News! June 13, 2019

Ben contemplates his words, at Petra.

It’s been a long several months. I have passed my written and oral exams, and am on to writing my dissertation proposal. I’m currently traveling, and have a lot on my plate to get caught up on, but I hope to return to my weekly Gospel Doctrine writing (and other things) soon.

Well, soonish.

In the meantime, let’s talk about my dissertation and summer speaking.

I’m very excited about my dissertation on creationism and biological evolution in the LDS Church after 1970. Here’s a 30,000 foot very early academic overview of the direction my proposal is going right now.

How has the “quintessential American religion” fared with the quintessential crux of American religion, science and scripture, evolution and creationism? This dissertation examines how the unique structure, theology, and intellectual contexts of the Church of Jesus Christ of Latter-day Saints led directly to “open warfare” between its flagship University departments beginning in 1970, with an ostensible dénoument in 1992, and then tracing the broader not-insignificant effects to the present.

I argue that latent hermeneutical and epistemological assumptions lie at the core of the LDS chapter of this conflict, and that understanding post-1970 events is impossible without close attention to earlier intellectual history. A variety of competing and largely unrecognized assumptions were in the air in the late 19th century, came into stark conflict in the early 20th, and then one particular set took root in the 1950s, becoming firmly entrenched by the 1970s. While the LDS Church generally came to reject the scientific positions entailed by these assumptions (particularly through Joseph Fielding Smith), the assumptions themselves which generated those positions remain present but unrecognized, unmarked shallows on which ships run aground.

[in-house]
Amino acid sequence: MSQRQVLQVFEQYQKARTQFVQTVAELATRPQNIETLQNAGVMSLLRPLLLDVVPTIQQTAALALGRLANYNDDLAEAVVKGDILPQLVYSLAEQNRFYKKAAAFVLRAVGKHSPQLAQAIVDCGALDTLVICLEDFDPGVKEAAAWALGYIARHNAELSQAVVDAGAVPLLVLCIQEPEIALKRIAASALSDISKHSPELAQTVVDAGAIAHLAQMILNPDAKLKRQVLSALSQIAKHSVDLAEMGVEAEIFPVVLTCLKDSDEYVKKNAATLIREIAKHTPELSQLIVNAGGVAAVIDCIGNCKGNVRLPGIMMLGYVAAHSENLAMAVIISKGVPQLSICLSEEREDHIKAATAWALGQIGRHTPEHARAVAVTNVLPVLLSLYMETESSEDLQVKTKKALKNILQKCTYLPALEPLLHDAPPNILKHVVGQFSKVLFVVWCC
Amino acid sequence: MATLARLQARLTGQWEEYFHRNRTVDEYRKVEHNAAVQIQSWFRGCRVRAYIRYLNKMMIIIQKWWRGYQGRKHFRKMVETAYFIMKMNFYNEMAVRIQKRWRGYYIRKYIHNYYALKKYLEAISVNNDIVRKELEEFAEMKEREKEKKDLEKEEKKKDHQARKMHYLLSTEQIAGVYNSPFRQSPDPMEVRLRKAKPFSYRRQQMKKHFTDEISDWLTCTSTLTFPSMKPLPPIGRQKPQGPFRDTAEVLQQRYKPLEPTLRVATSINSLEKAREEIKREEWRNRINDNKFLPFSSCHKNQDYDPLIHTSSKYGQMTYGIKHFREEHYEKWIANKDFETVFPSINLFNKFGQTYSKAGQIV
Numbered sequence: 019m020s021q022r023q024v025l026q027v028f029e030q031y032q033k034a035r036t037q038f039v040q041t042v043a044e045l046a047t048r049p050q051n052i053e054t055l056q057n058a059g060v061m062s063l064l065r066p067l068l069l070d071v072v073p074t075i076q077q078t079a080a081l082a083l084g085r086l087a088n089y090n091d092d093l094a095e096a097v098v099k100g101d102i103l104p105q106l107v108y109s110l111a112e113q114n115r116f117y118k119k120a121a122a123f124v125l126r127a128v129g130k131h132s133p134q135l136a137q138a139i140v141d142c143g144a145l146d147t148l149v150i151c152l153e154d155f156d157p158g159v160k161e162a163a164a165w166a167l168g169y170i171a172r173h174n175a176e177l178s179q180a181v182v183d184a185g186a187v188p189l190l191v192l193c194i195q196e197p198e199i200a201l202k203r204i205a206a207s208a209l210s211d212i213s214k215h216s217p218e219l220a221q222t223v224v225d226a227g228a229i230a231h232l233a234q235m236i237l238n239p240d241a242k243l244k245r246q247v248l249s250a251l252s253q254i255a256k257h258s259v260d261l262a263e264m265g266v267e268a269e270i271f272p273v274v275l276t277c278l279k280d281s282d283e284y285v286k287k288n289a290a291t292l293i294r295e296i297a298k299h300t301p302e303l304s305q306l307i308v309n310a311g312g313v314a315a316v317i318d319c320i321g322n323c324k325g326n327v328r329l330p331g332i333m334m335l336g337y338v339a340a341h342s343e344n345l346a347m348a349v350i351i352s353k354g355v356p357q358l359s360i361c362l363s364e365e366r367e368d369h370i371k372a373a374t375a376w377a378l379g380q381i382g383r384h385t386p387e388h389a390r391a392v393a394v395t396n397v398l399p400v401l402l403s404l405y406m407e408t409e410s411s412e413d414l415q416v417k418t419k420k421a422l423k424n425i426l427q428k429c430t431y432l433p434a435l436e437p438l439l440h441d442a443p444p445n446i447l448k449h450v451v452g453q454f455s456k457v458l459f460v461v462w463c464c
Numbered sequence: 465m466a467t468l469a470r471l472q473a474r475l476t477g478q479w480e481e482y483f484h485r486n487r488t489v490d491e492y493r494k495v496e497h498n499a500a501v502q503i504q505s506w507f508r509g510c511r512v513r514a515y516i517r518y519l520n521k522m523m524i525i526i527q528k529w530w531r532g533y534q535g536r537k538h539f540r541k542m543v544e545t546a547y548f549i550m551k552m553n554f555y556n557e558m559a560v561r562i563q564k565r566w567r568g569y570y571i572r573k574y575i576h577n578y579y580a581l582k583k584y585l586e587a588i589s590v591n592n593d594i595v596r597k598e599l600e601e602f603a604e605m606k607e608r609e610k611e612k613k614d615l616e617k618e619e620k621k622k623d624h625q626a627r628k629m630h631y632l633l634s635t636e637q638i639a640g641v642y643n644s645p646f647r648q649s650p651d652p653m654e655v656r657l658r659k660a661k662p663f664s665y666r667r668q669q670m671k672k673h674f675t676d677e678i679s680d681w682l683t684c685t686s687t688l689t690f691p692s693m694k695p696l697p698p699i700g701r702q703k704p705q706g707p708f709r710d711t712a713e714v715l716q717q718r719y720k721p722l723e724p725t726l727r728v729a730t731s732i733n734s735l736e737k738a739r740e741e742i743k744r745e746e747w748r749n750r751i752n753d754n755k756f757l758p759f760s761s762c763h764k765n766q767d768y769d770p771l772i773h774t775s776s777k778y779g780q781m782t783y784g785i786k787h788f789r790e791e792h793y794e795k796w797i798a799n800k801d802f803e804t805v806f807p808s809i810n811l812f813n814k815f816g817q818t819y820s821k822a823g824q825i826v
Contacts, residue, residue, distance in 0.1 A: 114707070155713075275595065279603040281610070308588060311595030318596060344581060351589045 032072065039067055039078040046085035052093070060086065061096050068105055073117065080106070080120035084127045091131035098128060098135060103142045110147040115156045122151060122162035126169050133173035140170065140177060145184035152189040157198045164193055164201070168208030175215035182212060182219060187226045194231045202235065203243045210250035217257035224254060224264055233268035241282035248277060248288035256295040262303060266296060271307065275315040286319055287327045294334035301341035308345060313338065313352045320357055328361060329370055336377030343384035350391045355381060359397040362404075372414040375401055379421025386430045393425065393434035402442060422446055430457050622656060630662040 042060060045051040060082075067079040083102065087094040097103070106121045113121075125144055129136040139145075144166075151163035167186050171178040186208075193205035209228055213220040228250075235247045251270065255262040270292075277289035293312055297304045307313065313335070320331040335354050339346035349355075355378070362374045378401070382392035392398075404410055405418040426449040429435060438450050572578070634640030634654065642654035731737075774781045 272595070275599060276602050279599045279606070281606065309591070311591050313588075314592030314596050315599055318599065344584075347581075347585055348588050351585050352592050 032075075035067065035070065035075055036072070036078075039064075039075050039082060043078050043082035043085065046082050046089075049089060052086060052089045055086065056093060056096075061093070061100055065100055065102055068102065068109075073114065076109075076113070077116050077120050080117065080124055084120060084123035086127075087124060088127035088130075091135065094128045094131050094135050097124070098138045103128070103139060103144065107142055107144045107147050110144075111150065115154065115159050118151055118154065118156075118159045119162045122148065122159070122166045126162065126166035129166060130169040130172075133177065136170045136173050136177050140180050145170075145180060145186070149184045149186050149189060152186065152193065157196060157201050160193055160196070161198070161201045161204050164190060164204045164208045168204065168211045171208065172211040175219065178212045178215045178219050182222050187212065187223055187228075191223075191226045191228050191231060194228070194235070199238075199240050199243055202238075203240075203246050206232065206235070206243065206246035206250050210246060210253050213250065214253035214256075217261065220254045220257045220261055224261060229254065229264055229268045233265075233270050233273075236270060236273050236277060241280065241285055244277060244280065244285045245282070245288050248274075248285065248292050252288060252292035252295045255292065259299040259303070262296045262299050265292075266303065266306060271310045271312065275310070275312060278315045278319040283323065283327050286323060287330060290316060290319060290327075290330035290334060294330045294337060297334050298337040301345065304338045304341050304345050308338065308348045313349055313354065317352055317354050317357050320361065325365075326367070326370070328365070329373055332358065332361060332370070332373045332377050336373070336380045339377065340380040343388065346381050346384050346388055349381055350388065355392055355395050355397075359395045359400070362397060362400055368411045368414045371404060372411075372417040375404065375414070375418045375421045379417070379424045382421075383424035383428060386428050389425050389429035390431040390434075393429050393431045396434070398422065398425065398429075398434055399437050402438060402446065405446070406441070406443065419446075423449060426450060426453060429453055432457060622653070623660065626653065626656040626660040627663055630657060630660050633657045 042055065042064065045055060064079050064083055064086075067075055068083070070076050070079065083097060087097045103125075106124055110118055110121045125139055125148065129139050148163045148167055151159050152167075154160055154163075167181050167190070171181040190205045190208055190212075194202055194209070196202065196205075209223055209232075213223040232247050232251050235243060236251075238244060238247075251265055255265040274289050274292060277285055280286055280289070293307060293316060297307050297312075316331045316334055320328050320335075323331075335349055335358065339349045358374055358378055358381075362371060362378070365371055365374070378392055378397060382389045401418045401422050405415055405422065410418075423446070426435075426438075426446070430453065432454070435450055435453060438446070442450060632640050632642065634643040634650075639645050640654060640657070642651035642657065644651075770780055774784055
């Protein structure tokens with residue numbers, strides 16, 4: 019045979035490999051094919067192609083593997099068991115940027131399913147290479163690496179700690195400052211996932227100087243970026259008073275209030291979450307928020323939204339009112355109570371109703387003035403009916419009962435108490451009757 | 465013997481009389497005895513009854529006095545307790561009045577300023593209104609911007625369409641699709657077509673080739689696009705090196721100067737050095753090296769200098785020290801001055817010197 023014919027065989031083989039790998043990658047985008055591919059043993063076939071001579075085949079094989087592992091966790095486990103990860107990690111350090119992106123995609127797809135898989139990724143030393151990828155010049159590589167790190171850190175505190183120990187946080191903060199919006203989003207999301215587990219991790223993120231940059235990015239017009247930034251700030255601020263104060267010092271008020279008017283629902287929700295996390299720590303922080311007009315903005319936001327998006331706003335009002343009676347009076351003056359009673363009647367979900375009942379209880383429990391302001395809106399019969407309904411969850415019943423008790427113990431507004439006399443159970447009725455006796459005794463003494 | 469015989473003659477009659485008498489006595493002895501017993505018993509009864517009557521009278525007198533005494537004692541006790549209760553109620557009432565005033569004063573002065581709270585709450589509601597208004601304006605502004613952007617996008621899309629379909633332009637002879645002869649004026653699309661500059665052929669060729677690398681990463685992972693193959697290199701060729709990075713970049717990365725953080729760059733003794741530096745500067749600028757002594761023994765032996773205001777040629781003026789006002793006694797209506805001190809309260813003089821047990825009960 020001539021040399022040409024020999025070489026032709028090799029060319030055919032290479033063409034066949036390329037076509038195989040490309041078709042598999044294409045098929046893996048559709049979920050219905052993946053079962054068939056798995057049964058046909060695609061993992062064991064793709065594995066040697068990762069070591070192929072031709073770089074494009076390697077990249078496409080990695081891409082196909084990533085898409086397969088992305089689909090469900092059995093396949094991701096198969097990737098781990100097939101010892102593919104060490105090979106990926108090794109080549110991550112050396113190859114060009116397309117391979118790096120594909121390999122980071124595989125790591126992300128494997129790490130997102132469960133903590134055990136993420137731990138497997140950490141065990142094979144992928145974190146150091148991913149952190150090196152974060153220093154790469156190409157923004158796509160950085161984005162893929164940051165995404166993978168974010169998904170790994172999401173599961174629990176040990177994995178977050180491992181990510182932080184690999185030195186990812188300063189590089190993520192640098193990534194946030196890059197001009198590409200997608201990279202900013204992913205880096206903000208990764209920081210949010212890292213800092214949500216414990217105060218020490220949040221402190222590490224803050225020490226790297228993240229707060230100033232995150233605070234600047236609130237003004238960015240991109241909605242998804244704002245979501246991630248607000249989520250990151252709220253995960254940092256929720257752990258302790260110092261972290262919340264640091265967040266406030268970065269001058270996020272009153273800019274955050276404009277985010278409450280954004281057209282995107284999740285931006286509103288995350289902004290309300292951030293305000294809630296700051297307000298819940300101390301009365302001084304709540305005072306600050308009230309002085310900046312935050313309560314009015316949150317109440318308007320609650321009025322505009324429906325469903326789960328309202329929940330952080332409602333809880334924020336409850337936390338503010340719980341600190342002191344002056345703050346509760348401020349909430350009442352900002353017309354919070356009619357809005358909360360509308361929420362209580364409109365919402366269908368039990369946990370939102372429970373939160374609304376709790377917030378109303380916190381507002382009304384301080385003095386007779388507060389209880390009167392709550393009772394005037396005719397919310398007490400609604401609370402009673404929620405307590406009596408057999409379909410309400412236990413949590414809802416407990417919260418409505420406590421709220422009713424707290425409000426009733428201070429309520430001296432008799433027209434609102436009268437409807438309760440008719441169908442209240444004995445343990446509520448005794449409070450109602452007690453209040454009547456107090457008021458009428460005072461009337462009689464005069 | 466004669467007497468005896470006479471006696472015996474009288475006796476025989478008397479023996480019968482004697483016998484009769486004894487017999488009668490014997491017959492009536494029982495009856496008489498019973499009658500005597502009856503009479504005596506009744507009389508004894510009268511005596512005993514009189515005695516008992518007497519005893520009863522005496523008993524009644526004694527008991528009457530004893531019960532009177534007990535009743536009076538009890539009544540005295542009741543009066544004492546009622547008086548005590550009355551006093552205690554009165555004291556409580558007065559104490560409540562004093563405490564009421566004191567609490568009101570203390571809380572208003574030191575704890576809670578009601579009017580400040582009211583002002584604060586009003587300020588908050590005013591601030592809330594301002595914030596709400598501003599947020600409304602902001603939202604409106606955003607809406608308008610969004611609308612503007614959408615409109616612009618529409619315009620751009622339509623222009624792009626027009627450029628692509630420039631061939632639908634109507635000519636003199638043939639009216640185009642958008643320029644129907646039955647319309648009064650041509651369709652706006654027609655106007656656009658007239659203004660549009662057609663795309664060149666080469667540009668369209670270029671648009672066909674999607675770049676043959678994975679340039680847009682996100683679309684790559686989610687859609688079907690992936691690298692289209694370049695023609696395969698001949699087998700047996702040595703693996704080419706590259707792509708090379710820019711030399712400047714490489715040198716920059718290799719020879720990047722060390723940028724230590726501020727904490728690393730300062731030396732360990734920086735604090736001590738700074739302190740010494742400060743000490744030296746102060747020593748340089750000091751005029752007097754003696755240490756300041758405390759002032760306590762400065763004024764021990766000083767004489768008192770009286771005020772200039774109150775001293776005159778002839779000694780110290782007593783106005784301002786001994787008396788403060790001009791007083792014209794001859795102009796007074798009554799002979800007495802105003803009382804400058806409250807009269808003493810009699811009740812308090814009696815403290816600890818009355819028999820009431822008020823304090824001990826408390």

For the pre-1970 years, then, my intent is not to present a history per se; much has already been written on that period, but virtually nothing since. Consequently, to contextualize what happens after 1970, I revisit prior events only to 1) provide new details, 2) draw out the relevant assumptions, and 3) set the LDS history within a broader American intellectual and scientific context.

I’m integrating several fields and kinds of history here: Biblical criticism and hermeneutics, history of science, intellectual history, American religious history, and LDS history. It builds on my earlier work such as this (if the video link there doesn’t work, try here), this, and this.

Now, not a lot of details there. Those will come in the formal proposal, which runs 20-25 pages. My research, at its broadest, will include a number of interviews with professors, Church administrators, curriculum writers, and also a lot of archival research. It will cover scripture, pre-adamites, BYU and Church curricula, evolution, and dinosaurs, including the  establishment of BYU’s two museums.

I’ll be in Utah this summer doing research, but also speaking. You can hear me at the FAIRMormon Conference in early August giving an expanded and adapted version of my paper from last October’s Joseph Smith Papers Conference: What do the LDS creation accounts tell us about the nature of revelation, and how should that understanding shape our expectations of ancient and modern prophets? It builds on my last one, which you can watch here.

I’m also scheduled to speak at BYU’s Education Week in late August. (The schedule will be available July 1.) My Sperry Symposium presentation on reading the Old Testament in Context will be expanded in both time and subject. Over four days, I’ll make four 1-hr presentations on Reading the Bible in Context, with demos of some tools, books, etc. My outline looks like this.

Making Sense of the Bible by Putting the Text in Context

Day 1 “Un-wresting” Scripture: Contexts, Tools, and Kinds of Interpretation

Day 2 Textual and Historical Contexts of the Bible

Day 3 “My Soul Delights in Reading the Word of the Lord in the Original”: Linguistic Context and Reading in Translation

Day 4 Reading Scripture Literally, What That Means, and Why We Need to Do It More: Genre and Literary Context

I’m excited by all of this, but especially day 4.

As always, you can help me pay my tuition here, or you can support my work through making your regular Amazon purchases through the Amazon links I post. You can also get updates by email whenever a post goes up (subscription box on the right). You can also follow Benjamin the Scribe on Facebook. If you friend me on Facebook, please drop me a note telling me you’re a reader. I tend not to accept friend requests from people I’m not acquainted with.

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